How do you observe the anniversary of the death of your cousin?
This is a question I have asked myself the past few days. Twenty years ago my oldest cousin, Mark, was killed in a car accident on the way home from a family reunion. My Aunt Karen was driving, and my cousin, Jeanne, was in the car. A deer ran out onto the road and my aunt had no choice but to hit it. My cousin, Mark, was killed instantly. My cousin, Jeanne, was thrown out onto the road. Her knee was severely injured, and her face had a significant amount of road rash, but considering how far she was thrown, her injuries were minor.
At 11pm the night of the accident, July 14, 1990, I was hanging out with my friends, Sara and Michelle. We had just ordered pizza. I was 13 days away from moving to Utah to start at BYU that Fall so we were trying to spend as much time as possible together. For some reason, I felt like I needed to go home. There was no real reason. Metallica's "One" was playing on the radio, which I will always remember. I walked in the door, and the phone rang. It was my Aunt Donna, who asked for my mom. I handed the phone over to her, and then heard her gasp.
The following 48 hours were a blur. I got my mom ready to fly up to Utah, and later my aunt and uncle came over to pick me up so that I could drive up with them. That morning after my mom left, I remember losing it, and just sobbing uncontrollably. My Stake President (and former Bishop) knocked on the door with a copy of the hymn "Come, Come Ye Saints." He had ditched church to come be with me while I cried.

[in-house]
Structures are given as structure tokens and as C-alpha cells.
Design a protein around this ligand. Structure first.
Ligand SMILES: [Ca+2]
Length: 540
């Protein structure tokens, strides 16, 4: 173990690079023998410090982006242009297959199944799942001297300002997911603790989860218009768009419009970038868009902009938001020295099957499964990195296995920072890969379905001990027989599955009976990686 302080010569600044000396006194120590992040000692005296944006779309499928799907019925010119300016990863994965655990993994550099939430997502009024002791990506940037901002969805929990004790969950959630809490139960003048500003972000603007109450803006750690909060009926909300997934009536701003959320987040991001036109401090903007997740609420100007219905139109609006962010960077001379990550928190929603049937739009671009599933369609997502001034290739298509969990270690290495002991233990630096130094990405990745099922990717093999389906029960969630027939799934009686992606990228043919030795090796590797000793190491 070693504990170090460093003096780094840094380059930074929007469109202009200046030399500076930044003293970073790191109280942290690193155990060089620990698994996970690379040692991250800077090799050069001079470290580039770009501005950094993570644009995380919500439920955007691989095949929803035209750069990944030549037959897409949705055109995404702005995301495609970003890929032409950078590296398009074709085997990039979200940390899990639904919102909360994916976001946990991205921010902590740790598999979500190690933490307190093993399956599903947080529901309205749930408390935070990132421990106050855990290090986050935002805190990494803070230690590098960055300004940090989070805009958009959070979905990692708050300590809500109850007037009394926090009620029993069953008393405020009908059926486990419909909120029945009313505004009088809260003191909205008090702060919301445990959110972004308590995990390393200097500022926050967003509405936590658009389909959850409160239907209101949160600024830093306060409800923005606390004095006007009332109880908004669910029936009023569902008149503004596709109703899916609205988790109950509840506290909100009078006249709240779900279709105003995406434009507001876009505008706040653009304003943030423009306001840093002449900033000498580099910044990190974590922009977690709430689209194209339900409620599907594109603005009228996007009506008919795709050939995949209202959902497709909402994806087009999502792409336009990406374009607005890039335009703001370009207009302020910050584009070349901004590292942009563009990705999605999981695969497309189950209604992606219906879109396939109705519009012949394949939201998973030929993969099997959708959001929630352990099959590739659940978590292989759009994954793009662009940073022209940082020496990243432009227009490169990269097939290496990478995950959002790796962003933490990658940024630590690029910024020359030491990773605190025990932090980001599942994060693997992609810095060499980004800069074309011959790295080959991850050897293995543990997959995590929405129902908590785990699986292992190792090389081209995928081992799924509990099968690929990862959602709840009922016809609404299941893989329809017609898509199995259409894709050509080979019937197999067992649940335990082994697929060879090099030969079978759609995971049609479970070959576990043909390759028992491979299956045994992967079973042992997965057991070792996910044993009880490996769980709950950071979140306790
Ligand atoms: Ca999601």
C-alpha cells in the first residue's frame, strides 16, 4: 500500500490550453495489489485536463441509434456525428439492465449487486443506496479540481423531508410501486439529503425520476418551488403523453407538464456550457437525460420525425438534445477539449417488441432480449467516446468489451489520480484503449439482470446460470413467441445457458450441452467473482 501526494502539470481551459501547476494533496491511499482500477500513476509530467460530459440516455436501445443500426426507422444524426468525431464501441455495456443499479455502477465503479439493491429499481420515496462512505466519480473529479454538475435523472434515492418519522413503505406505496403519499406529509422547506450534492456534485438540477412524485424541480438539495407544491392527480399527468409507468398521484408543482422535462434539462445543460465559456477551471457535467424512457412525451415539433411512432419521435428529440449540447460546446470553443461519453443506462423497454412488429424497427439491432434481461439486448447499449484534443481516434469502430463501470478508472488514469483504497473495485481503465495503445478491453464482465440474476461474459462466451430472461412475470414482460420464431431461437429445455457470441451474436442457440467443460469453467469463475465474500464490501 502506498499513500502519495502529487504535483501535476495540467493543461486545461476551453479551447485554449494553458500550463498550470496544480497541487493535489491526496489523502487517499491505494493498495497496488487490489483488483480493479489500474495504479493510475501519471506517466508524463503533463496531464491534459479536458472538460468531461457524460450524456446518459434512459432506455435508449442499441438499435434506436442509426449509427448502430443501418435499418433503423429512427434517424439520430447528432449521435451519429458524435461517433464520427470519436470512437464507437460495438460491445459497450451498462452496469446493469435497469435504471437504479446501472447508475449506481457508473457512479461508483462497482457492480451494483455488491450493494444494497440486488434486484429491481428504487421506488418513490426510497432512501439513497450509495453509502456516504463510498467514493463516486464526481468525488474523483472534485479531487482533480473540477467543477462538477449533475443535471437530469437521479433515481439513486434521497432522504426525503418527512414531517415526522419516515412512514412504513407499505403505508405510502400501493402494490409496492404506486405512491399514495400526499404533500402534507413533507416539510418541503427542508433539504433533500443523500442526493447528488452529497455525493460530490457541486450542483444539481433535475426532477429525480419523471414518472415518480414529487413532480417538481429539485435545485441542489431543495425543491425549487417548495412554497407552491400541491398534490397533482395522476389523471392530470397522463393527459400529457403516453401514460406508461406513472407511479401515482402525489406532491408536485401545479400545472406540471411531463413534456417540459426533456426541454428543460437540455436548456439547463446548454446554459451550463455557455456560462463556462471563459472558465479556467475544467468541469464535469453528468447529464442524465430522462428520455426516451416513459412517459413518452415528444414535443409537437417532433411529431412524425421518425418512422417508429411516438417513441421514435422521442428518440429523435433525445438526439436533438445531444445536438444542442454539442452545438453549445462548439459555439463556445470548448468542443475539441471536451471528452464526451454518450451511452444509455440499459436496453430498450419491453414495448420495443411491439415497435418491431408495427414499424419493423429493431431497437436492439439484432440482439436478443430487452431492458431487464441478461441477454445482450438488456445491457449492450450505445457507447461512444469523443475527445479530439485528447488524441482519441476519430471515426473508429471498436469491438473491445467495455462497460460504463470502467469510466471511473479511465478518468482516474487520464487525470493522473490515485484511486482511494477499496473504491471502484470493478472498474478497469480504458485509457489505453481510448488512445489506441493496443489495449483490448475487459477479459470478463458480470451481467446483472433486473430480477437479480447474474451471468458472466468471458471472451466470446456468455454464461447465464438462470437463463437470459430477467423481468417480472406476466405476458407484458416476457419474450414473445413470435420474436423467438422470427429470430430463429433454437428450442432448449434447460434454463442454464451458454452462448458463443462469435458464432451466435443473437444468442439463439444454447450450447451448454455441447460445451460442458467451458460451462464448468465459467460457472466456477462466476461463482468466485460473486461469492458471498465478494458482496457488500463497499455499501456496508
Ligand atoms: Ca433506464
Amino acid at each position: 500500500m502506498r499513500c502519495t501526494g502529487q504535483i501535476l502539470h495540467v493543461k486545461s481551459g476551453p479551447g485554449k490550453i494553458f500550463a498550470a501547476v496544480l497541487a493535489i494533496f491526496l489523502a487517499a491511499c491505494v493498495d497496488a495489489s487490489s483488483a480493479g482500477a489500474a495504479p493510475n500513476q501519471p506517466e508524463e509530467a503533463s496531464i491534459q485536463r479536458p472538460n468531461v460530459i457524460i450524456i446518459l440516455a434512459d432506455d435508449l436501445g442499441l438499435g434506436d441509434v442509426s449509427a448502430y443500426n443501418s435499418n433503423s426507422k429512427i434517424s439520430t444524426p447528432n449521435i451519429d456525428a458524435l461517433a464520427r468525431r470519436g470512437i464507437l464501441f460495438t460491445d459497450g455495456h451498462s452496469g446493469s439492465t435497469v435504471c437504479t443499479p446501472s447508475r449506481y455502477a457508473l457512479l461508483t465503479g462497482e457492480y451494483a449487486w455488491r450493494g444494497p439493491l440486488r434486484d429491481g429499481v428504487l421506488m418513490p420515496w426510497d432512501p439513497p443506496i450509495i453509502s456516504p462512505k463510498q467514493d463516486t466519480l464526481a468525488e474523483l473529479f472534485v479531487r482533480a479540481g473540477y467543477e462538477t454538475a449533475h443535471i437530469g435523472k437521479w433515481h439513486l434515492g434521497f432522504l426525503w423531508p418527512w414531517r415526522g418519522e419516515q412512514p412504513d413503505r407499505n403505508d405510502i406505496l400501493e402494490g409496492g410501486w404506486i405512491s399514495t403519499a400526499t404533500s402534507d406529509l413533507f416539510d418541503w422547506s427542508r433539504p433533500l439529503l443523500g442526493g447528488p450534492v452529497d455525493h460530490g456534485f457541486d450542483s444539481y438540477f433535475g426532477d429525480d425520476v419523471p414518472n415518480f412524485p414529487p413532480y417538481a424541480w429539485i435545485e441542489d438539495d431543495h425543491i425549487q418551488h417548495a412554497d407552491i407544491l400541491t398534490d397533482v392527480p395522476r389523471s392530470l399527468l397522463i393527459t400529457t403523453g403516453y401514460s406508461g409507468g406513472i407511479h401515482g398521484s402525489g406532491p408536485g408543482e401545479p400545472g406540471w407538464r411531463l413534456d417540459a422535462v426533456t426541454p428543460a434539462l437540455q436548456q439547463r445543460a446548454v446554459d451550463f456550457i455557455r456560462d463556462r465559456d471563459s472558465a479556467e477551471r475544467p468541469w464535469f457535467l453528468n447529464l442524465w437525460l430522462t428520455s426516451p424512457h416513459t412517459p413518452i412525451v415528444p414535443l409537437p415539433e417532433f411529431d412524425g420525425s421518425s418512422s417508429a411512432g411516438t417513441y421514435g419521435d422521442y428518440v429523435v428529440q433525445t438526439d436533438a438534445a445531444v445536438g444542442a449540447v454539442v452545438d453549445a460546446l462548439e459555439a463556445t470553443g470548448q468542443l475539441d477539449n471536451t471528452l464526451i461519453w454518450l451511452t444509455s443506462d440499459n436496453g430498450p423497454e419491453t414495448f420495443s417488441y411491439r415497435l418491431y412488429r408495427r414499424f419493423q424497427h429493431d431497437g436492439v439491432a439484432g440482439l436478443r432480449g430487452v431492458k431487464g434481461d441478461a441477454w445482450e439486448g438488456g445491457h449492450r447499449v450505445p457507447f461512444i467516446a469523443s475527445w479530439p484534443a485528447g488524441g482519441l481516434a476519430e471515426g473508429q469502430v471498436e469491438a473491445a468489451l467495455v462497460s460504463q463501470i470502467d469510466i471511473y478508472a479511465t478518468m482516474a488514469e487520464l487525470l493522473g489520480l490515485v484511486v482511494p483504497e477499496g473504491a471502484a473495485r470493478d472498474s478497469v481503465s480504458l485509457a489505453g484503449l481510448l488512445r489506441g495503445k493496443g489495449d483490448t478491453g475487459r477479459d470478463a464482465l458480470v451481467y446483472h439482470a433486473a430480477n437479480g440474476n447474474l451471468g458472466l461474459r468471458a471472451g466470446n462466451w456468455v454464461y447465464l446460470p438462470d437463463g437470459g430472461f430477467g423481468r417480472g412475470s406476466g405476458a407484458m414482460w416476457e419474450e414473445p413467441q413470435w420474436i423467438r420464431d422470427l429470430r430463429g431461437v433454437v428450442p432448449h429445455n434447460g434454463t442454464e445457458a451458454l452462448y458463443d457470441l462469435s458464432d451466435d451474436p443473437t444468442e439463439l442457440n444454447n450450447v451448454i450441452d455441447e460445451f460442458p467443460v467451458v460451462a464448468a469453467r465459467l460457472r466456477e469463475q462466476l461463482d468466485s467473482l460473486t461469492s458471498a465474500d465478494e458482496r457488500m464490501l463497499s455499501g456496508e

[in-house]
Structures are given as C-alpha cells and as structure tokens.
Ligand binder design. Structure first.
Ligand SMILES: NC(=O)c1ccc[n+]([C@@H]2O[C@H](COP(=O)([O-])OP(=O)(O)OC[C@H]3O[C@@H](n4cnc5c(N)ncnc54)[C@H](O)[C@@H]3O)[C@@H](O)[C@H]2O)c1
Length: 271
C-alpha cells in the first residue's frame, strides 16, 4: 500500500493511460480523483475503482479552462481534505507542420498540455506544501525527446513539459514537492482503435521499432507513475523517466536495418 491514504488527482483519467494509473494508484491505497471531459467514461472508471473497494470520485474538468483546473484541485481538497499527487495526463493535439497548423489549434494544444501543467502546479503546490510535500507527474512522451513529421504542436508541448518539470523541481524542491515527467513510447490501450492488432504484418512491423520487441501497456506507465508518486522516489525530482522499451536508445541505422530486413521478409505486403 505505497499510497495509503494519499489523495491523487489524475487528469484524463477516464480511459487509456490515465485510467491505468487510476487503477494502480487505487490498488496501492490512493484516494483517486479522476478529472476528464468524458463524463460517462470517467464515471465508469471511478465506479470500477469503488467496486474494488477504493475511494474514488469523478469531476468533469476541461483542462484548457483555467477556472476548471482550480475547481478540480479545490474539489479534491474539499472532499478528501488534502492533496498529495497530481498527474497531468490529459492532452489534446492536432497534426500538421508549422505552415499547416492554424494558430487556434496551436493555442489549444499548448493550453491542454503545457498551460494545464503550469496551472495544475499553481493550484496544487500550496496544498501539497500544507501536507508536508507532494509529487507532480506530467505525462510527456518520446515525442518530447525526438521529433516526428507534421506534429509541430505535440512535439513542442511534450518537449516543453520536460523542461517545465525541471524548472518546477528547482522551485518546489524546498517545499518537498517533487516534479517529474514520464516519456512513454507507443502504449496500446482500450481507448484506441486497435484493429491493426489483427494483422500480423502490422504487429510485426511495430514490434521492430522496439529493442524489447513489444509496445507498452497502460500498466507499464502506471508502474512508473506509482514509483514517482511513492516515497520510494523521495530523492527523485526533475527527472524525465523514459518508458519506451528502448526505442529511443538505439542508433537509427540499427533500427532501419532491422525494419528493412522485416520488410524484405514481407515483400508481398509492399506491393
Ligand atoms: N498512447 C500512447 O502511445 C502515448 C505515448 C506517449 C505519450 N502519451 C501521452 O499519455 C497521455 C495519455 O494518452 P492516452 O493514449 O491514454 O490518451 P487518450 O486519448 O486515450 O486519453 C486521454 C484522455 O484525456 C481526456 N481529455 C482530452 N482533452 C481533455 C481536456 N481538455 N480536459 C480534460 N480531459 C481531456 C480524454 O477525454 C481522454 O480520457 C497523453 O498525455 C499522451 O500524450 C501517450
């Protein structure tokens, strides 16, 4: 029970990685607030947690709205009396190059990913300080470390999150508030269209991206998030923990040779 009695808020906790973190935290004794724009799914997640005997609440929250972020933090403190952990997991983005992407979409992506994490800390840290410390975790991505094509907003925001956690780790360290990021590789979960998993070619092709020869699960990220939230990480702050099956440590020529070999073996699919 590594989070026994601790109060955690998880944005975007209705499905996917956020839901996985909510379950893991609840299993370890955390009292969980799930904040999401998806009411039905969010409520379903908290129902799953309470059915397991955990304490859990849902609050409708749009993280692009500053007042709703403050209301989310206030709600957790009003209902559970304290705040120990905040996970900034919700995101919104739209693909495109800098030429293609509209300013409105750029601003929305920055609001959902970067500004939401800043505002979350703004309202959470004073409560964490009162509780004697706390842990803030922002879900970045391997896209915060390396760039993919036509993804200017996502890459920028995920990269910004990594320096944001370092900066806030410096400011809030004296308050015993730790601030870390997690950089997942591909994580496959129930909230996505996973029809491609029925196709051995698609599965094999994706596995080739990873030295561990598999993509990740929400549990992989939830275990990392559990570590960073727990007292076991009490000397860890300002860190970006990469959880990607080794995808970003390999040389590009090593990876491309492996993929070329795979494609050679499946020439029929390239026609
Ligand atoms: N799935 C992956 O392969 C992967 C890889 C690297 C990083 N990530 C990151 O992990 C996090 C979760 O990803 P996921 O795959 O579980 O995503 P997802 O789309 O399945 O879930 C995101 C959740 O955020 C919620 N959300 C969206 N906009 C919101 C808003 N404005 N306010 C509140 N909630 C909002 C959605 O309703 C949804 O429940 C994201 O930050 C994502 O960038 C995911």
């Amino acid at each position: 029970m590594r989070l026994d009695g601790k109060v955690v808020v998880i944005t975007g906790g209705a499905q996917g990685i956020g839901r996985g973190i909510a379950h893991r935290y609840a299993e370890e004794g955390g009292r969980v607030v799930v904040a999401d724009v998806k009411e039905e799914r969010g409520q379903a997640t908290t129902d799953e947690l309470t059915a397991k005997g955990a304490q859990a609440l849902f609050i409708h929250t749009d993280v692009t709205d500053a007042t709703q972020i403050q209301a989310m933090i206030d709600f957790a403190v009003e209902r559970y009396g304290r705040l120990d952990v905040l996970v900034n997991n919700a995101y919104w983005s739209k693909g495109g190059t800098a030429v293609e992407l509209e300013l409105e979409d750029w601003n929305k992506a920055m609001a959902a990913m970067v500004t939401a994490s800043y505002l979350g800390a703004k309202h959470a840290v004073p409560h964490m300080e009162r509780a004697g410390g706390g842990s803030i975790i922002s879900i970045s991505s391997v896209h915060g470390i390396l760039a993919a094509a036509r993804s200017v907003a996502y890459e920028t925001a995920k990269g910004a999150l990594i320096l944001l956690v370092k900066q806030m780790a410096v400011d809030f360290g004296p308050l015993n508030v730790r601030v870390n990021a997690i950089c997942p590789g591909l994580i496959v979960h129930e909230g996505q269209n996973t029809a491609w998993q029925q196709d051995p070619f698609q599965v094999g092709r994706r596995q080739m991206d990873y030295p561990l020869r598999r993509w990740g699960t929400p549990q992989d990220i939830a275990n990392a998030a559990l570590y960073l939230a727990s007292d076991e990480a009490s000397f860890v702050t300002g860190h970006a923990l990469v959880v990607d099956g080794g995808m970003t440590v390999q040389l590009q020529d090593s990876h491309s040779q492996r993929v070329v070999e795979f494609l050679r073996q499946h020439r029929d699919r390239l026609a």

That afternoon I got a phone call at my aunt and uncle's house. It was Jeanne, calling from the hospital, asking when I would get there. She doesn't remember it. She doesn't remember that week much at all, which is a good thing. I told her I would get there as soon as I could. I spent that week being in charge of Jeanne, which solidified an already strong bond from childhood.
We learned many things during the course of the week about the strength of our family. It was a week of sorrow, and a week of miracles. It changed everything for me. Twenty years later I am still more grateful for family than I was before the accident. I am close to all of my cousins - closer than I would have been had it not happened.
Today was an ordinary day. I met a friend for lunch, and we spent the afternoon talking while our kids swam in the pool. I am going to spend a few minutes tonight telling my children about Mark. How he always had his nose in a book. How one time after his mission he had to ask me how to say "door" in English because he was saying it over and over in Spanish. How he wanted me to set him up with all of my friends in college. I will tell them how important it is to always say "I love you" to the people you love, because they might not be here tomorrow. I will tell them that I love them, give them hugs and kisses, and put them to bed. And maybe shed a tear that I didn't get the chance to know Mark as an adult. I bet we would have been close.